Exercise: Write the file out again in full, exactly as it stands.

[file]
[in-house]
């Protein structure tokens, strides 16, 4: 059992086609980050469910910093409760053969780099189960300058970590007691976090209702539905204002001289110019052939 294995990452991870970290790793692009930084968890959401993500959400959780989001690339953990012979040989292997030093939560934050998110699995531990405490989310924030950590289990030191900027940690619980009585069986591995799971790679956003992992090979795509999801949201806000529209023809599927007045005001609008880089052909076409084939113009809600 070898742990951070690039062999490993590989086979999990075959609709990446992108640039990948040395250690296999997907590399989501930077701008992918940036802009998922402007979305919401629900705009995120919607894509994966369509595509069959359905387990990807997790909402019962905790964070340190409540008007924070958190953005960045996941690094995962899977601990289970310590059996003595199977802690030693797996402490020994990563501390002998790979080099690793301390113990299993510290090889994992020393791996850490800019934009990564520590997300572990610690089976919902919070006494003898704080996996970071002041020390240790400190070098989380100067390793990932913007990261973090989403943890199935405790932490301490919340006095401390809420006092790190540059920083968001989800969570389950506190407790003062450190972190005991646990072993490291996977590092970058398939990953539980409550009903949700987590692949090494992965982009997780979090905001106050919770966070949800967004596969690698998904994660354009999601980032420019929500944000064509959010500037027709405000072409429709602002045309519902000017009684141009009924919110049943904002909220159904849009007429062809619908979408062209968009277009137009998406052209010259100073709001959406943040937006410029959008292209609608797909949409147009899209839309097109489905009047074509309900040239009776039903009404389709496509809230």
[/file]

[in-house]
């Protein structure tokens, strides 16, 4: 059992086609980050469910910093409760053969780099189960300058970590007691976090209702539905204002001289110019052939 294995990452991870970290790793692009930084968890959401993500959400959780989001690339953990012979040989292997030093939560934050998110699995531990405490989310924030950590289990030191900027940690619980009585069986591995799971790679956003992992090979795509999801949201806000529209023809599927007045005001609008880089052909076409084939113009809600 070898742990951070690039062999490993590989086979999990075959609709990446992108640039990948040395250690296999997907590399989501930077701008992918940036802009998922402007979305919401629900705009995120919607894509994966369509595509069959359905387990990807997790909402019962905790964070340190409540008007924070958190953005960045996941690094995962899977601990289970310590059996003595199977802690030693797996402490020994990563501390002998790979080099690793301390113990299993510290090889994992020393791996850490800019934009990564520590997300572990610690089976919902919070006494003898704080996996970071002041020390240790400190070098989380100067390793990932913007990261973090989403943890199935405790932490301490919340006095401390809420006092790190540059920083968001989800969570389950506190407790003062450190972190005991646990072993490291996977590092970058398939990953539980409550009903949700987590692949090494992965982009997780979090905001106050919770966070949800967004596969690698998904994660354009999601980032420019929500944000064509959010500037027709405000072409429709602002045309519902000017009684141009009924919110049943904002909220159904849009007429062809619908979408062209968009277009137009998406052209010259100073709001959406943040937006410029959008292209609608797909949409147009899209839309097109489905009047074509309900040239009776039903009404389709496509809230």